San Jose’s police department has only filled 29 of 60 slots in next month’s police academy. Mayor Chuck Reed is calling the recruitment efforts unsuccessful.
It’s crunch time for would-be California ballot initiatives with backers of some particularly controversial ones acknowledging they may not have the support or money to qualify their initiatives for the November ballot.
San Jose Mayor Chuck Reed is abandoning an attempt to place an initiative on the November ballot that would have enabled governments in California to cut future pension benefits for current workers.
The liability, which has been building for years, is at least $71 billion.
Cities in California are watching how the bankruptcy case plays out in Michigan, and whether it might affect their own proceedings in California.
The tentative contract that ended the Bay Area Rapid Transit strike includes a 15 percent raise over four years but also increased worker contributions toward their health insurance and pensions.
San Jose Mayor Chuck Reed is leading an effort to put an initiative before voters allowing cities to renegotiate pensions for existing public employees—as well as new hires. Meanwhile, State Assembly candidate Steve Glazer from Orinda, is pushing an initiative preventing transit employees from striking in the future.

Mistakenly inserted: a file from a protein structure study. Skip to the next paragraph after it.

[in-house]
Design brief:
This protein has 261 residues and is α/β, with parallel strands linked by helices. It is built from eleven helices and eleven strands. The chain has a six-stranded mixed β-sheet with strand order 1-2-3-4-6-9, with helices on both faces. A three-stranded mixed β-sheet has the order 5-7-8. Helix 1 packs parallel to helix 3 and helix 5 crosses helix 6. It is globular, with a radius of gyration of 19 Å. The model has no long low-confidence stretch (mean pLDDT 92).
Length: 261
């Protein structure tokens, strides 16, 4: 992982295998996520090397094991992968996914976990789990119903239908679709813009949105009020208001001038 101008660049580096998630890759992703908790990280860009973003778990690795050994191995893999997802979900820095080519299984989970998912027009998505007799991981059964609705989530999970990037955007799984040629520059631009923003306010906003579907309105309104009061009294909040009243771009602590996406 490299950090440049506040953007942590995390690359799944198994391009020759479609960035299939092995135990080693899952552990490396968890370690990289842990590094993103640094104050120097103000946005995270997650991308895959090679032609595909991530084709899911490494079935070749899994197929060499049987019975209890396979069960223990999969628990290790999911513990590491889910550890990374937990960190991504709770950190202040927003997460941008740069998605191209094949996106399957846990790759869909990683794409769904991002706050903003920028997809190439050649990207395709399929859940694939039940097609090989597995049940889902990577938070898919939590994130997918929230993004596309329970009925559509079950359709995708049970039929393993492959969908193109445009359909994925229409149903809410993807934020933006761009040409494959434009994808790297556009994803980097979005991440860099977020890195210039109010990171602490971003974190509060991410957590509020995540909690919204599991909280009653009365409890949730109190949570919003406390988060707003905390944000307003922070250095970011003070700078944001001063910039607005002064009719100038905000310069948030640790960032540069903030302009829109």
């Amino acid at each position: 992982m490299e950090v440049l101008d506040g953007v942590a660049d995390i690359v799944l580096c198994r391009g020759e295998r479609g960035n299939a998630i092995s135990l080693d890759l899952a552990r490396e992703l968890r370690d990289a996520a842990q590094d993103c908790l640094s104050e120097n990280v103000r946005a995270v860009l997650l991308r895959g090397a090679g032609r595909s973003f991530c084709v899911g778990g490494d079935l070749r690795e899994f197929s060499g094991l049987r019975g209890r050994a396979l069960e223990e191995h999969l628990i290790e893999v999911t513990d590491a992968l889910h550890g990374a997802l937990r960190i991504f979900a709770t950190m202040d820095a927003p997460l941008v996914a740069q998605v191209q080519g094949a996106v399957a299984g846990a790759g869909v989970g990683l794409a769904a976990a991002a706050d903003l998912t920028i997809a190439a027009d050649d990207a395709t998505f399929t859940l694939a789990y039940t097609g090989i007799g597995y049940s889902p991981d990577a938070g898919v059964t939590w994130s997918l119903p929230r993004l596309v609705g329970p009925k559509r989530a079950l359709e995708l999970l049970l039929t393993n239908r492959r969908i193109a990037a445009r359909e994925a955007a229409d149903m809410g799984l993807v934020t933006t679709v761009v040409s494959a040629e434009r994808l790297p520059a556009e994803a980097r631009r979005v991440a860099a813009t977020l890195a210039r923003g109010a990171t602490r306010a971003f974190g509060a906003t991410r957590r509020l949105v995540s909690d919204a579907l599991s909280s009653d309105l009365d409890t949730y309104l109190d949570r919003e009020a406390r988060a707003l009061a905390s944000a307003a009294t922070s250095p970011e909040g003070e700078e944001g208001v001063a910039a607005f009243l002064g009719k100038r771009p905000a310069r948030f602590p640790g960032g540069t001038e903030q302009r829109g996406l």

Mayor Chuck Reed, along with four other mayors from around the state, have submitted the ballot initiative to the state Attorney General.
Progress was made in BART labor contract negotiations on Thursday after unions presented a counter offer to the transit system’s management and an agreement was made over pensions.
San Jose Mayor Chuck Reed, who drew national attention as a result of his successful pension reform campaign is in the spotlight again. This time his proposal is to amend the California constitution to further those goals with a ballot measure in the November election.